From Publishers Weekly
The iconoclasm of the fearless intellectual Susan Sontag, who died in 2004 of leukemia, began to be revealed with her son David Rieff's memoir, Swimming in a Sea of Death, and continues with novelist Nunez's (Salvation City) thorny remembrance of the woman who was her literary mentor as well as her boyfriend's mother. Sontag was 43, Nunez 25, when the young editorial assistant at the New York Review of Books was hired by the famous writer to help her sort her correspondence at her Riverside Drive apartment in 1976. As a fledgling writer, between college and grad school, Nunez was in awe of Sontag's reputation, her mighty pronouncements, unconventional flair for life, and her critical reading and movie lists; the young writer promptly read her books (knowing Sontag would ask her if she had: "She didn't have a beautiful style," Nunez concludes). Soon Nunez was introduced to Sontag's son, David Rieff, who was a year younger and a student; they began a romance, sanctioned by Sontag, and Nunez moved into the apartment with them, in an increasingly problematic arrangement. What emerges from this conflicted portrait is a vulnerable woman recovering from illness who could not be alone; Sontag was supercilious, insecure, yet vulnerable to beauty and love, fiercely uncompromising, and surely, as Nunez intimates by the end, the finest teacher a young writer could ever have had. (Apr.)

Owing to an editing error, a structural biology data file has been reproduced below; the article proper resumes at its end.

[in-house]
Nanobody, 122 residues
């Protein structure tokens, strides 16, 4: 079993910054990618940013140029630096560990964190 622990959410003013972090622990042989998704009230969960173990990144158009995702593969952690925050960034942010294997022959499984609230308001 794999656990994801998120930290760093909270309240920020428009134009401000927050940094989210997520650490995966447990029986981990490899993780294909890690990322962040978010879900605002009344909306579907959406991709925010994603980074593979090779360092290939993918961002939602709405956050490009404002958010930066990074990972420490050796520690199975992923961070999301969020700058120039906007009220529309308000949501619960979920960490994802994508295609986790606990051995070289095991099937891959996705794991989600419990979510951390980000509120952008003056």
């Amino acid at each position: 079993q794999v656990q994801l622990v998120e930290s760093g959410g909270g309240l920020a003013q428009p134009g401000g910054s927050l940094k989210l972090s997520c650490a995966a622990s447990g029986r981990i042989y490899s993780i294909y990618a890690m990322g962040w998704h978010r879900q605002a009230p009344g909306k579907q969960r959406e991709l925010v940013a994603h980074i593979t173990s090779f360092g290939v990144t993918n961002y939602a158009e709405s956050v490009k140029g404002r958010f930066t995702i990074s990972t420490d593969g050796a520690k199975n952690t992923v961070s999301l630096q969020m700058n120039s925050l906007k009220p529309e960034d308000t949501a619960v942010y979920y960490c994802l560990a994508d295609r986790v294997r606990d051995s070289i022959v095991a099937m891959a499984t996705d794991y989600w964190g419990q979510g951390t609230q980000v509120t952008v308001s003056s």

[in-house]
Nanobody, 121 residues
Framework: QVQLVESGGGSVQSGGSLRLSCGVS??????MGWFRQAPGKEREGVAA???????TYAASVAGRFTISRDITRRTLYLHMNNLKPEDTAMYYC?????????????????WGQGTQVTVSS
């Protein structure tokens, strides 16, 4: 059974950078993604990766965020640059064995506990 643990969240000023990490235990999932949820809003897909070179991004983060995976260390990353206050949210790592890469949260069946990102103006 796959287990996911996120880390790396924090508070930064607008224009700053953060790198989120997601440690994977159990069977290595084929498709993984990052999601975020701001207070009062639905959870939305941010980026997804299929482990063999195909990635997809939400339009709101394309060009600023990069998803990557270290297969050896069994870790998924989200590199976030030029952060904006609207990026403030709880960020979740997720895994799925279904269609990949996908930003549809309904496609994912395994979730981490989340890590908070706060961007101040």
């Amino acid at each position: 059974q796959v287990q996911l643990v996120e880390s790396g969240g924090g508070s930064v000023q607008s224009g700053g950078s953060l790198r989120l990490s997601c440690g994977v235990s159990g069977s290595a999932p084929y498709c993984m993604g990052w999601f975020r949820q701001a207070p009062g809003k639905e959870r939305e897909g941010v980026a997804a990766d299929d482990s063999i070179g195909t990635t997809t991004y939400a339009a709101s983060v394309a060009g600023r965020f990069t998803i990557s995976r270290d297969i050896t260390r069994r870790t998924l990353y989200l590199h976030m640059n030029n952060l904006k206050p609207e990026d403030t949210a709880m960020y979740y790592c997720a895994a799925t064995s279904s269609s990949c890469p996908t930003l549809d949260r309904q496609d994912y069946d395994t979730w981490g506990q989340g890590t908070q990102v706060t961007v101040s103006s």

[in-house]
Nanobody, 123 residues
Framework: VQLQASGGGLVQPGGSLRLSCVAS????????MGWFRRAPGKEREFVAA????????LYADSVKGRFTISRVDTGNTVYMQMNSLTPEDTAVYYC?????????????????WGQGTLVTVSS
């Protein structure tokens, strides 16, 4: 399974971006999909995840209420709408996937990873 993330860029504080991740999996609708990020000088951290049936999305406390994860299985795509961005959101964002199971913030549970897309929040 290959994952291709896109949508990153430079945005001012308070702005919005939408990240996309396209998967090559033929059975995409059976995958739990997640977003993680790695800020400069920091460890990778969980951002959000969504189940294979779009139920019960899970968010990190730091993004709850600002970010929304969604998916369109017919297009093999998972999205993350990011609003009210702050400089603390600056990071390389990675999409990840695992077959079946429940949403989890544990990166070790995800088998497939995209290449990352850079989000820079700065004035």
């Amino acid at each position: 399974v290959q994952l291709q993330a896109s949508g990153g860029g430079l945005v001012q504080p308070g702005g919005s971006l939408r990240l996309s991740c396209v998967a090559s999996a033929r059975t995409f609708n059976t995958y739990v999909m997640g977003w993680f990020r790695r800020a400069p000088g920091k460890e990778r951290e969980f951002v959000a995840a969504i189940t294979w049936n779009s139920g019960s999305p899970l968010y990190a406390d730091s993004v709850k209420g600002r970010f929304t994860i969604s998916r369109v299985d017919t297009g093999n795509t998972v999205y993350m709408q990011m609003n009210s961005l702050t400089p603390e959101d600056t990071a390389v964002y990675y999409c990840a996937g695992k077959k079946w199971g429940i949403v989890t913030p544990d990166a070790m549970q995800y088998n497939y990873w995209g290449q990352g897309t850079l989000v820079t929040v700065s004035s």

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When Susan Sontag, 43, needed help catching up with correspondence in the wake of a radical mastectomy in 1976, friends suggested Nunez, then a 25-year-old writer wannabe, now an acclaimed novelist. Sontag was avid about sharing her knowledge, enthusiasms, and even her adored son, David Rieff, with Nunez, who ended up moving in. Now, six years after Sontag�s death, Nunez chronicles those heady and unnerving times in a boldly intimate, stingingly frank, and genuinely fascinating memoir. She portrays ever-controversial Sontag as an insatiable reader and moviegoer susceptible to love, a restless yet didactic intellectual who loathed solitude and who had to force herself to write in Dexedrine-fueled marathon sessions, and a clingy single mother. In short, an overwhelming presence for private and restrained Nunez. Sontag averred that getting to know famous writers can be disappointing, but there is nothing diminishing about this up-close-and-personal account of one interlude in Sontag�s remarkable life of blazing literary accomplishment, activism, and valor. And Nunez herself is intriguing. Readers of this thorny remembrance will hope that Nunez tells her own story next time. --Donna Seaman